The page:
BCG Henderson Institute

Co-Ambidexterity: A Framework for Winning in a New Era of Competition

Breaking the inherent trade-off between search and execution will require new approaches. We describe one such approach, “co-ambidexterity,” which interweaves firms’ and customers’ search and execution processes.


Strategy needs to be tailored not only to the moves of competitors but also to the sources of competitive advantage, which shift over time — resulting in different eras of competition. Being well-positioned in one era does not guarantee success in the subsequent one.

The next era of competition will be characterized not only by continued rapid change and high uncertainty, requiring ongoing renewal to sustain performance but also by tighter constraints on resources, including capital. Coupled with rising investor desire for short-term profitability, this will make it both harder and more necessary than ever for firms to simultaneously execute their current business model and search for new sources of advantage — to be ambidextrous.

Breaking the inherent trade-off between search and execution will require new approaches. We describe one such approach, “co-ambidexterity,” which interweaves firms’ and customers’ search and execution processes.

“Nothing wilts faster than laurels that have been rested upon,” wrote English poet Percy Bysshe Shelley. He may not have had a competitive advantage in mind, but the idea translates perfectly to business: Even the world’s most successful firms struggle to stay on top, as competition and change eventually erode their advantages. For example, of the world’s 100 most valuable firms in 1969, only half remained in the top 100 a decade later. The pace of this drop-off has since accelerated, with a mere 28% of the top 100 in 1989 remaining 10 years hence. What changed?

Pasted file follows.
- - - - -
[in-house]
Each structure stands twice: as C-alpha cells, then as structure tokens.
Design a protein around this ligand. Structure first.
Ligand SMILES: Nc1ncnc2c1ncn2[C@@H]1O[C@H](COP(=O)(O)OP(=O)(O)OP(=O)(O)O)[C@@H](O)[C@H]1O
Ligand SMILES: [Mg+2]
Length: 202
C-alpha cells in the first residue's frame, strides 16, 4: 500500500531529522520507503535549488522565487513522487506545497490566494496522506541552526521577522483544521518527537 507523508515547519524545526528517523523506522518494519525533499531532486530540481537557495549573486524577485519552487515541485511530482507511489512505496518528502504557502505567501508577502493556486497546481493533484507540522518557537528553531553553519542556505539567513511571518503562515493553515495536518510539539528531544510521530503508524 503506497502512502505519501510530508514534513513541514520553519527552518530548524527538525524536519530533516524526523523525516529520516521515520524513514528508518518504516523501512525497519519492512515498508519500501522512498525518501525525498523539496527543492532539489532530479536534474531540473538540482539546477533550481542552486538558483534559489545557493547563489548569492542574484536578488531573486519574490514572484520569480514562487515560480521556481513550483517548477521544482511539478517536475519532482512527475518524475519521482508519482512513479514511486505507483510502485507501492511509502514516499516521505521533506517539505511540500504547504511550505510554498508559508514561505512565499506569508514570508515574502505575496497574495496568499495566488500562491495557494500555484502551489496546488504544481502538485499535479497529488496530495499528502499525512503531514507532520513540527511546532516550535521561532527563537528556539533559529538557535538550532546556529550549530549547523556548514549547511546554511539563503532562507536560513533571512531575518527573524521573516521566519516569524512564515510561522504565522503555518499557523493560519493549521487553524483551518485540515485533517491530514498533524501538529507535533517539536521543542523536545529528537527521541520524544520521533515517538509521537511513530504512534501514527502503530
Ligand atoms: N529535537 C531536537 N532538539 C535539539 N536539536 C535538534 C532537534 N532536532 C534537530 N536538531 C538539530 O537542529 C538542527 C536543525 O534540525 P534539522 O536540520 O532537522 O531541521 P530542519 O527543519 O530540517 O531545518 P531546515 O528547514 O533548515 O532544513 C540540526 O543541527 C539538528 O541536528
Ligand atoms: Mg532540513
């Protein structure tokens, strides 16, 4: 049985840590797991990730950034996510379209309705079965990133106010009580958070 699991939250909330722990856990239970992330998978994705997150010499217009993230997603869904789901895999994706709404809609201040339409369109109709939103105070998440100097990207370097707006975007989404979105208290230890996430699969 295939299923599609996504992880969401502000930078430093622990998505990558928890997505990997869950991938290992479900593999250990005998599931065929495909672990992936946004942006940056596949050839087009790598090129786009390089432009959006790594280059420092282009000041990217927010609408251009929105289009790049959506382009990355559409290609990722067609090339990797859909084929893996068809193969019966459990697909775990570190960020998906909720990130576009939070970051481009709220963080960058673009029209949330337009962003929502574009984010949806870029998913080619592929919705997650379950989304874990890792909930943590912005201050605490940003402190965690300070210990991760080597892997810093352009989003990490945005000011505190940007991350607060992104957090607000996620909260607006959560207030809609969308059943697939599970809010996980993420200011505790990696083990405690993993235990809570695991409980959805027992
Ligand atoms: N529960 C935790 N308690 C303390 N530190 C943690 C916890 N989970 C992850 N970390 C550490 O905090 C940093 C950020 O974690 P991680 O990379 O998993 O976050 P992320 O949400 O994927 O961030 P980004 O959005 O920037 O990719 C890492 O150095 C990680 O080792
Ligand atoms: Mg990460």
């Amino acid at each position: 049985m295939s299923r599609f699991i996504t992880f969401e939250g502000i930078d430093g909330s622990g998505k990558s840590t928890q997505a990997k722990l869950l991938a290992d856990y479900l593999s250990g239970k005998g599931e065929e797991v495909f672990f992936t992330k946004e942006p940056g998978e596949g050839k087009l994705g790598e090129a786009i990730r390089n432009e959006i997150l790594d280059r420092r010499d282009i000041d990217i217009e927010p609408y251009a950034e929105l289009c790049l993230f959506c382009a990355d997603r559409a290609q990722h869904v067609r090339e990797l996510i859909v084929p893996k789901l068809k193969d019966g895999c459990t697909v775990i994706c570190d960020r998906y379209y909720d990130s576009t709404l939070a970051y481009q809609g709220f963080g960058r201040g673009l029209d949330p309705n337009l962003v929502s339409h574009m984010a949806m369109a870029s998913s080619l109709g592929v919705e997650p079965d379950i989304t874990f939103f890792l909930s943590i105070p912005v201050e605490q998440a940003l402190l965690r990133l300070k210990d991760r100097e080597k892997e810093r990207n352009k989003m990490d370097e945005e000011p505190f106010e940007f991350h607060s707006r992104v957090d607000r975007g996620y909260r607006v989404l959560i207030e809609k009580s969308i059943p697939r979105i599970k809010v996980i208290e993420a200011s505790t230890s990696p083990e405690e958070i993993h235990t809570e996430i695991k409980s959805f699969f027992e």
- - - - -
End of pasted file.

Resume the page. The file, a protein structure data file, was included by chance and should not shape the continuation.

Distinct eras of competition

Our research indicates that the basis of competition shifts over time, creating distinct eras, with winners finding it much hard to sustain outperformance across era shifts. As a result, competitive decay is faster across than within eras (see exhibit 1) — as was the case with the onset of the digital revolution, which began in earnest in the early 1990s.

Underlying this phenomenon is the fact that, as sources of competitive advantage shift, so do the skills required to win.

Prior to 1990, competition was largely a game of physical scale, which was capital- and time-intensive to replicate, creating an effective barrier to entry. Driving this scale advantage was the “experience curve” effect, which Bruce Henderson and colleagues codified after observing a reduction in unit production costs as cumulative volume increased, which resulted in a strong correlation between competitive profitability and market share. To be successful in this era of competition, firms needed primarily to be skilled at building scale and defending their market share by efficiently executing their business models.